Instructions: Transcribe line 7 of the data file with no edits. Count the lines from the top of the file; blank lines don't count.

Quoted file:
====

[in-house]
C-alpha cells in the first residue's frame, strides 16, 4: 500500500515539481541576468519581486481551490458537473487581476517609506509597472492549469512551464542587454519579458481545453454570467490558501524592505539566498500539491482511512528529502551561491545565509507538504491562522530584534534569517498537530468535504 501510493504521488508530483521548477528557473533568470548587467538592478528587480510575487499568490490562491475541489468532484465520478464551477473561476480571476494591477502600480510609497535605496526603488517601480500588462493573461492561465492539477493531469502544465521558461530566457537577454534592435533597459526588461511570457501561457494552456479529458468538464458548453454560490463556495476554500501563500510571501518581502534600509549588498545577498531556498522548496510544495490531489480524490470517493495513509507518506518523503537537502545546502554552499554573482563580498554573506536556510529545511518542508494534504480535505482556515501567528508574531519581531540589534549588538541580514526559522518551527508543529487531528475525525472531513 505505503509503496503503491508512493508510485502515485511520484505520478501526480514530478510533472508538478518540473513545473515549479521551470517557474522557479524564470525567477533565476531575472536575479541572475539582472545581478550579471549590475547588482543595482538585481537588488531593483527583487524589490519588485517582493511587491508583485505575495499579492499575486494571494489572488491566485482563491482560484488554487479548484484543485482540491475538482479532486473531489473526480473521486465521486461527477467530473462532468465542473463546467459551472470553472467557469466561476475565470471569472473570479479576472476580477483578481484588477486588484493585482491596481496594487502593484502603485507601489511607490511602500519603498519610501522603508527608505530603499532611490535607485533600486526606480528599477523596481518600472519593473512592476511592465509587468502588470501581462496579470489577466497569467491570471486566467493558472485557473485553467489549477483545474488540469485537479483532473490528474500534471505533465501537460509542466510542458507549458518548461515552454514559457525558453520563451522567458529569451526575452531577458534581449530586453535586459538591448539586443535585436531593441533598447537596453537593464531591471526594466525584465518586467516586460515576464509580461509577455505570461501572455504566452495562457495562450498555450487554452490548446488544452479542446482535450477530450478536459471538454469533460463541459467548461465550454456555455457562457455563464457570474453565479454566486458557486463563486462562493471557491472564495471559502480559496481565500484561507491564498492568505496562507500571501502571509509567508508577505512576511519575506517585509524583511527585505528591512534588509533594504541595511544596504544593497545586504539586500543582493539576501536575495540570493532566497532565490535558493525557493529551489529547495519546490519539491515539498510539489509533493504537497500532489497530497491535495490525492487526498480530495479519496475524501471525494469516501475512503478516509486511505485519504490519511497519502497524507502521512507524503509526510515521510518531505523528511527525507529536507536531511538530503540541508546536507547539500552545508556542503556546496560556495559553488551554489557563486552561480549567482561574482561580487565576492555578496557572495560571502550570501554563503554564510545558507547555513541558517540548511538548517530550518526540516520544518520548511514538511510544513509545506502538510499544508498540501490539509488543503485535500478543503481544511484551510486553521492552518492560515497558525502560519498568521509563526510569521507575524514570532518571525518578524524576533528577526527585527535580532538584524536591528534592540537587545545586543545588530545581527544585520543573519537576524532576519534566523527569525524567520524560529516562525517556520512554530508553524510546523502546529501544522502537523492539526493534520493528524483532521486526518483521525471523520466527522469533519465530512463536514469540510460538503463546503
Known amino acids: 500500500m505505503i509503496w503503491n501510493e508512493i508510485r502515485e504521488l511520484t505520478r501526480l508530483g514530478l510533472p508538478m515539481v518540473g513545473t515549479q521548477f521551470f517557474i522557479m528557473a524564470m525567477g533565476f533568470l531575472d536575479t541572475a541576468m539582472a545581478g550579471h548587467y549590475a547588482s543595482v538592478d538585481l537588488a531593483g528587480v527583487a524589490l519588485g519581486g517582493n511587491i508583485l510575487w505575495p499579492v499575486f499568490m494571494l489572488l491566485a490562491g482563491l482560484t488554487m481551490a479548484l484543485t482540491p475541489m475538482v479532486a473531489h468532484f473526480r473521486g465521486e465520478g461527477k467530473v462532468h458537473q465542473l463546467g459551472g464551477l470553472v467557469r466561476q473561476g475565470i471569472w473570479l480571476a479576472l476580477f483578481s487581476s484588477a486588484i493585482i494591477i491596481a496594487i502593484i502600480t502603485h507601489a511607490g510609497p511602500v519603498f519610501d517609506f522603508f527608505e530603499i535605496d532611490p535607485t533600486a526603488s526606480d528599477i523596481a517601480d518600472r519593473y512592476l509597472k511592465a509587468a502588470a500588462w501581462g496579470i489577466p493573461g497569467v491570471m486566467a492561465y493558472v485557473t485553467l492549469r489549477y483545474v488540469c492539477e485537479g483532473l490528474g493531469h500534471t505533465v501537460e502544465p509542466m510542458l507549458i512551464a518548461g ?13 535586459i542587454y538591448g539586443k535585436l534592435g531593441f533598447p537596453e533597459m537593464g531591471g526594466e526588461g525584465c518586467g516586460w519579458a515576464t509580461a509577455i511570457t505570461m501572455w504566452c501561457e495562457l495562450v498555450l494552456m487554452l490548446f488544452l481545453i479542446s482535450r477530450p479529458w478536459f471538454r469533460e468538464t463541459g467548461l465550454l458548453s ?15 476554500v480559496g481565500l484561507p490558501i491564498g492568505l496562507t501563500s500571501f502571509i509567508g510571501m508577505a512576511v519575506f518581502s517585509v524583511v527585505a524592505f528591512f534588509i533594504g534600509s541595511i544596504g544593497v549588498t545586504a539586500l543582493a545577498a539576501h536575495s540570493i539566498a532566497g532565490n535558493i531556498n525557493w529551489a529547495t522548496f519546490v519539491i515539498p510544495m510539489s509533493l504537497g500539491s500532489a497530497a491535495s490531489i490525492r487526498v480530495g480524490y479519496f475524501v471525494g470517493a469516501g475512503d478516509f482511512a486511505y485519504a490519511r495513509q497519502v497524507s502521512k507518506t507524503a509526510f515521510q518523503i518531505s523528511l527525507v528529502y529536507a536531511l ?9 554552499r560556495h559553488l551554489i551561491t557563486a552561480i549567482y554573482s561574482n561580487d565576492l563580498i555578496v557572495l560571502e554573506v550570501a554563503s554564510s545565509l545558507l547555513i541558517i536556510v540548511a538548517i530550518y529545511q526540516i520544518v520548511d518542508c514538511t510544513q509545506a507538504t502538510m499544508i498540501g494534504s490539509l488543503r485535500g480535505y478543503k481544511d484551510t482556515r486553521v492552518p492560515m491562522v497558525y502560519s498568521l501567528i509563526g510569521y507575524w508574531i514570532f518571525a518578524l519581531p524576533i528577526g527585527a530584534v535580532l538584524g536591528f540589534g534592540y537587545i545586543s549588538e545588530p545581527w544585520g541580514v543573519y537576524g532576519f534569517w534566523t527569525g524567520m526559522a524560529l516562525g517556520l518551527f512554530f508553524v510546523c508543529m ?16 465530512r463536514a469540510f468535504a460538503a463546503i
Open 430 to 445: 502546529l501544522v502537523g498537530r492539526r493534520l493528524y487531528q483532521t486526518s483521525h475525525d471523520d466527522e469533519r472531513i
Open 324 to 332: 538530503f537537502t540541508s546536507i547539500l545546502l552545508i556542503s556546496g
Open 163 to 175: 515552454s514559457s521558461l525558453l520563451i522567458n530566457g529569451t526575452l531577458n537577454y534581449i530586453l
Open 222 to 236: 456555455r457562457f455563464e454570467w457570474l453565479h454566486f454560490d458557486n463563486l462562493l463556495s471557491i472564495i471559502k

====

Open 222 to 236: 456555455r457562457f455563464e454570467w457570474l453565479h454566486f454560490d458557486n463563486l462562493l463556495s471557491i472564495i471559502k